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The current status and future prospects of computer-assisted hip surgery

The advances in computer assistance technology have allowed detailed three-dimensional preoperative planning and simulation of preoperative plans. The use of a navigation system as an intraoperative assistance tool allows more accurate execution of the preoperative plan, compared to manual operation without assistance of the navigation system.

In total hip arthroplasty using CT-based navigation, three-dimensional preoperative planning with computer software allows the surgeon to determine the optimal angle of implant placement at which implant impingement is unlikely to occur in the range of hip joint motion necessary for daily activities of living, and to determine the amount of three-dimensional correction for leg length and offset. With the use of computer navigation for intraoperative assistance, the preoperative plan can be precisely executed.

In hip osteotomy using CT-based navigation, the navigation allows three-dimensional preoperative planning, intraoperative confirmation of osteotomy sites, safe performance of osteotomy even under poor visual conditions, and a reduction in exposure doses from intraoperative fluoroscopy. Positions of the tips of chisels can be displayed on the computer monitor during surgery in real time, and staff other than the operator can also be aware of the progress of surgery. Thus, computer navigation also has an educational value. On the other hand, its limitations include the need for placement of trackers, increased radiation exposure from preoperative CT scans, and prolonged operative time. Moreover, because the position of a bone fragment cannot be traced after osteotomy, methods to find its precise position after its movement need to be developed. Despite the need to develop methods for the postoperative evaluation of accuracy for osteotomy, further application and development of these systems are expected in the future.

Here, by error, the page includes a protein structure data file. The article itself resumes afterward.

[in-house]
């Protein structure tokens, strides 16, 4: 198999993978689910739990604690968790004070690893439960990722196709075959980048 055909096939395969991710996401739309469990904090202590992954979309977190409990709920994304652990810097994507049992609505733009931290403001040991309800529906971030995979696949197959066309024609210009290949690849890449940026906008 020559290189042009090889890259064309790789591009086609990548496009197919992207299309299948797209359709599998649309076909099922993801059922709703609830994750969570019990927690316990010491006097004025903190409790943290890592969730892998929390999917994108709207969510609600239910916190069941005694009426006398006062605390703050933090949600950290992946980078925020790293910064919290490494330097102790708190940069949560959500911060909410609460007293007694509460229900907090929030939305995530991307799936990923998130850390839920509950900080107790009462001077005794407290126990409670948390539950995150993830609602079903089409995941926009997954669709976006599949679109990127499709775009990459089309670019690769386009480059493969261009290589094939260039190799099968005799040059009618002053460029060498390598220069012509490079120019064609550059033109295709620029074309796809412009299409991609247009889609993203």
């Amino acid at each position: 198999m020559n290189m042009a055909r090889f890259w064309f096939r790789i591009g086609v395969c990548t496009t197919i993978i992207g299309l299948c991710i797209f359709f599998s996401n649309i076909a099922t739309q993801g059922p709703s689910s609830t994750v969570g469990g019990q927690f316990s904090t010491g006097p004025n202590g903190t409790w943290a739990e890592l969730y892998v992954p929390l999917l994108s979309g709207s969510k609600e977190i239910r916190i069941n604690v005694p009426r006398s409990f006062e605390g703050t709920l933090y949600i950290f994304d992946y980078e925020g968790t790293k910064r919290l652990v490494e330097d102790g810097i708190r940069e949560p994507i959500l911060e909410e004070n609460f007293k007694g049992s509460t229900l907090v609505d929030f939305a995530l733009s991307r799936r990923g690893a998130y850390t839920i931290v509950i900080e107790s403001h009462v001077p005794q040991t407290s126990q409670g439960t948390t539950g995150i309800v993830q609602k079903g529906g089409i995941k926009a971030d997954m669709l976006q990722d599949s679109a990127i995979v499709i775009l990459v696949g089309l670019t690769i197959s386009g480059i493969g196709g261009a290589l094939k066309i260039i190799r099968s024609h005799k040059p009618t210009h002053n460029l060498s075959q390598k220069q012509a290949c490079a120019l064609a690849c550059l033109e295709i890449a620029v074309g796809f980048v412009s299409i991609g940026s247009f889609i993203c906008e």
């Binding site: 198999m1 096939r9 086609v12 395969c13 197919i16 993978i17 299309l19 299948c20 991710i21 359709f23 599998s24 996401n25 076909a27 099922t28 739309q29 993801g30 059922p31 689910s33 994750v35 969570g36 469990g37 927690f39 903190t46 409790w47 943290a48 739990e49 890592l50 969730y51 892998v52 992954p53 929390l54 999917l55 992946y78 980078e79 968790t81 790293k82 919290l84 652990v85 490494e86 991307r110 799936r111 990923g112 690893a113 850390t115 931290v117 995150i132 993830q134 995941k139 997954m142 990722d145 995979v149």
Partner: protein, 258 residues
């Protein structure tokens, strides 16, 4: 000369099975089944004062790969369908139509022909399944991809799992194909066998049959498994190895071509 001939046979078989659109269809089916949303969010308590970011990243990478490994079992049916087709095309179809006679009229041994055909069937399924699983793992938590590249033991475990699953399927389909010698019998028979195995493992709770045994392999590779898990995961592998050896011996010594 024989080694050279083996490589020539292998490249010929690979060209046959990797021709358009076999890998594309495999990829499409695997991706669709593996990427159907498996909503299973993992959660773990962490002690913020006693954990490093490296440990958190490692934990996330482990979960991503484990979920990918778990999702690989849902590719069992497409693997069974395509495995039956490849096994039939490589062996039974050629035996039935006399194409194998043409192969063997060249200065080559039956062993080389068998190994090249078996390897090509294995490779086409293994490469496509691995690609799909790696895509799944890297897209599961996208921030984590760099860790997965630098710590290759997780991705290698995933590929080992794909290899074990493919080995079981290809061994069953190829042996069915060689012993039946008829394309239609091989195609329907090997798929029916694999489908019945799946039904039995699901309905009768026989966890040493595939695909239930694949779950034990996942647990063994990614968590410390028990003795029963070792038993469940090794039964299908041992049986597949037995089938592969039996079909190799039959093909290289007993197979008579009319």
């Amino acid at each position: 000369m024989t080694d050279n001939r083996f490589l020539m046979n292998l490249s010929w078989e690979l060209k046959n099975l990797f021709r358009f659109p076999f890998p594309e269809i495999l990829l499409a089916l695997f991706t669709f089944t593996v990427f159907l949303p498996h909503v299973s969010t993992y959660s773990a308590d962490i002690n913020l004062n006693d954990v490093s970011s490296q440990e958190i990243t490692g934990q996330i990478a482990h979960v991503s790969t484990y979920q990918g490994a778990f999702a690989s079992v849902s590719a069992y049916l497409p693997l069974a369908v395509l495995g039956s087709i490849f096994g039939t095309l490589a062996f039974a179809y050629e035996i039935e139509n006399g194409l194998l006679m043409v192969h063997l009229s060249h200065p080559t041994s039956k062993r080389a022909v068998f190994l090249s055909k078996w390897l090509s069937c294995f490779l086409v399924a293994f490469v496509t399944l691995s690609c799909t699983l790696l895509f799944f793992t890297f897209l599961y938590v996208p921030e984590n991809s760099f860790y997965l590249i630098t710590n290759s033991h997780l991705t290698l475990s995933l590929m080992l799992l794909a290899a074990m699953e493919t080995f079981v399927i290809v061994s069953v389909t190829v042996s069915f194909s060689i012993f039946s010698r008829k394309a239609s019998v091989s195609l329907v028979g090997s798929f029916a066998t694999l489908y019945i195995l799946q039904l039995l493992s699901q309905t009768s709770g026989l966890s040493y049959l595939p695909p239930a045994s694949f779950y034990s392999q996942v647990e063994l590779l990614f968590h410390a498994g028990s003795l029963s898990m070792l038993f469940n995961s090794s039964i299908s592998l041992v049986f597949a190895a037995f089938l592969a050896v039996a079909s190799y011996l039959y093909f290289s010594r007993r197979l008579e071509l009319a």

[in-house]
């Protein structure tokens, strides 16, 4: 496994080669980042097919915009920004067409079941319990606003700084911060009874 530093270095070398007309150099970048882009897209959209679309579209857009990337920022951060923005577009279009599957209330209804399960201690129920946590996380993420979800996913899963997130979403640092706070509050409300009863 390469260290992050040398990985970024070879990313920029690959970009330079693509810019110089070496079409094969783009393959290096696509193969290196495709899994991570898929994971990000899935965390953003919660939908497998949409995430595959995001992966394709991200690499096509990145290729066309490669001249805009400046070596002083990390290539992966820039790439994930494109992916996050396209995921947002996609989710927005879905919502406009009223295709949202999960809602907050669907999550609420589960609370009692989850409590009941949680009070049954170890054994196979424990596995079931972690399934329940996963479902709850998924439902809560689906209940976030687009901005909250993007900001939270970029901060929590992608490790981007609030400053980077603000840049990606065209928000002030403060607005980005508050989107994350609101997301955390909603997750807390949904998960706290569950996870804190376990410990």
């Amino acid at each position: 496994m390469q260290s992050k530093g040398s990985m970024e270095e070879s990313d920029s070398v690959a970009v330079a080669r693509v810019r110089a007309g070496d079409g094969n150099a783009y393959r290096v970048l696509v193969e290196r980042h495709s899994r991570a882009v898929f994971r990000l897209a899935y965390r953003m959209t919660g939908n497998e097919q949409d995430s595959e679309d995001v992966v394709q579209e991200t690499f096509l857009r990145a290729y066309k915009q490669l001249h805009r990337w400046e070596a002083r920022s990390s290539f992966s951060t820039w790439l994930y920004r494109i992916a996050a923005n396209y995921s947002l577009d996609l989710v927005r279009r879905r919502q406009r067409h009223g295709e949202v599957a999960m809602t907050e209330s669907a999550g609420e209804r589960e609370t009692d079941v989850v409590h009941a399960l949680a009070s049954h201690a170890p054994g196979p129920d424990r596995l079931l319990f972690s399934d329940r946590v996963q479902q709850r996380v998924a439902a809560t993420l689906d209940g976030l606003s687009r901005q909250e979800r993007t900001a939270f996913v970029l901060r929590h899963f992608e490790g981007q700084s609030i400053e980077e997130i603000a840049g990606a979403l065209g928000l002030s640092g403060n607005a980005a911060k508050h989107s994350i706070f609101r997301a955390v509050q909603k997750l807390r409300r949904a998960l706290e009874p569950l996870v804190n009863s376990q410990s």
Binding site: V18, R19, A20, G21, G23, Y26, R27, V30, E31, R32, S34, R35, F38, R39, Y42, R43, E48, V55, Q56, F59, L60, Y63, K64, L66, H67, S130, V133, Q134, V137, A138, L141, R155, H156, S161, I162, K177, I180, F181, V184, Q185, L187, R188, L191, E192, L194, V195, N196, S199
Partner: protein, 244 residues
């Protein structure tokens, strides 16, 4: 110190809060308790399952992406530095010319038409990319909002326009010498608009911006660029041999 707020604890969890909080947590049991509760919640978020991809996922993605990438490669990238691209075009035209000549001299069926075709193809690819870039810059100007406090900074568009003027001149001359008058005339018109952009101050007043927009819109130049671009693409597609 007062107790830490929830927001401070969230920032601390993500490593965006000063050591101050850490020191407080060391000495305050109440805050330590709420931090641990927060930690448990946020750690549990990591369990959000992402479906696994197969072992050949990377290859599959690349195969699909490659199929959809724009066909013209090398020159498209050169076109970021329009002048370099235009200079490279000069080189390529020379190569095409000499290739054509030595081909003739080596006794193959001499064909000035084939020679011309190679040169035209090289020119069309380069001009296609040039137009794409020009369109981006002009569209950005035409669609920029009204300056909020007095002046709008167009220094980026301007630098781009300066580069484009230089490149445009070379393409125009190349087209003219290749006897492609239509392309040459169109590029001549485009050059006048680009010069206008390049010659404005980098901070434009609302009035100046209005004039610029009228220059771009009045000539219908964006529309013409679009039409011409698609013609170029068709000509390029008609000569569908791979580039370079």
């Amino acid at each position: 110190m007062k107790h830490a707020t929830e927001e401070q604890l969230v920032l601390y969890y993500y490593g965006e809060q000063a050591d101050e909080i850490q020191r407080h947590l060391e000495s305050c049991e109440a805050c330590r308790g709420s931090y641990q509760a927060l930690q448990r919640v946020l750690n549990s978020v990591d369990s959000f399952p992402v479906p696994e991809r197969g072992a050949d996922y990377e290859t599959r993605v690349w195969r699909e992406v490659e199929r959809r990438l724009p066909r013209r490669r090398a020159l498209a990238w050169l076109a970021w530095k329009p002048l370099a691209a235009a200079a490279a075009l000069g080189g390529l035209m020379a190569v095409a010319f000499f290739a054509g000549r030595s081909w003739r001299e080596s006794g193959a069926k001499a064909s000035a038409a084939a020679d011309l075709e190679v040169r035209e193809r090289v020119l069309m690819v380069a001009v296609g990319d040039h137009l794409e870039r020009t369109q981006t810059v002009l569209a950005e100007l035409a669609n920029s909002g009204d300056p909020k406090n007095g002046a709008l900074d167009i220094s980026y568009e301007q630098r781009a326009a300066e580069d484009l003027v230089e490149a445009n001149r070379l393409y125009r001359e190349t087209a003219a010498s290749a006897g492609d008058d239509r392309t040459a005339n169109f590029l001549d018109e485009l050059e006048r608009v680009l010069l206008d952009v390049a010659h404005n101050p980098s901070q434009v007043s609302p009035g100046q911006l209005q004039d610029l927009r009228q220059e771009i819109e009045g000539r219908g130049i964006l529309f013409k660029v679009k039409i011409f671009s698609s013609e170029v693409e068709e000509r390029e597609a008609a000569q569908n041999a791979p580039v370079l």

Computer-Assisted Rotational Acetabular Osteotomy for Patients with Acetabular Dysplasia

Rotational acetabular osteotomy (RAO) is a well-established surgical procedure for patients with acetabular dysplasia, and excellent long-term results have been reported. However, RAO is technically demanding and precise execution of this procedure requires experience with this surgery. The usefulness of computer navigation in RAO includes its ability to perform three-dimensional (3D) preoperative planning, enable safe osteotomy even with a poor visual field, reduce exposure to radiation from intraoperative fluoroscopy, and display the tip position of the chisel in real time, which is educationally useful as it allows staff other than the operator to follow the progress of the surgery. In our results comparing 23 hips that underwent RAO with navigation and 23 hips operated on without navigation, no significant difference in radiological assessment was observed. However, no perioperative complications were observed in the navigation group whereas one case of transient femoral nerve palsy was observed in non-navigation group. A more accurate and safer RAO can be performed using 3D preoperative planning and intraoperative assistance with a computed tomography-based navigation system.

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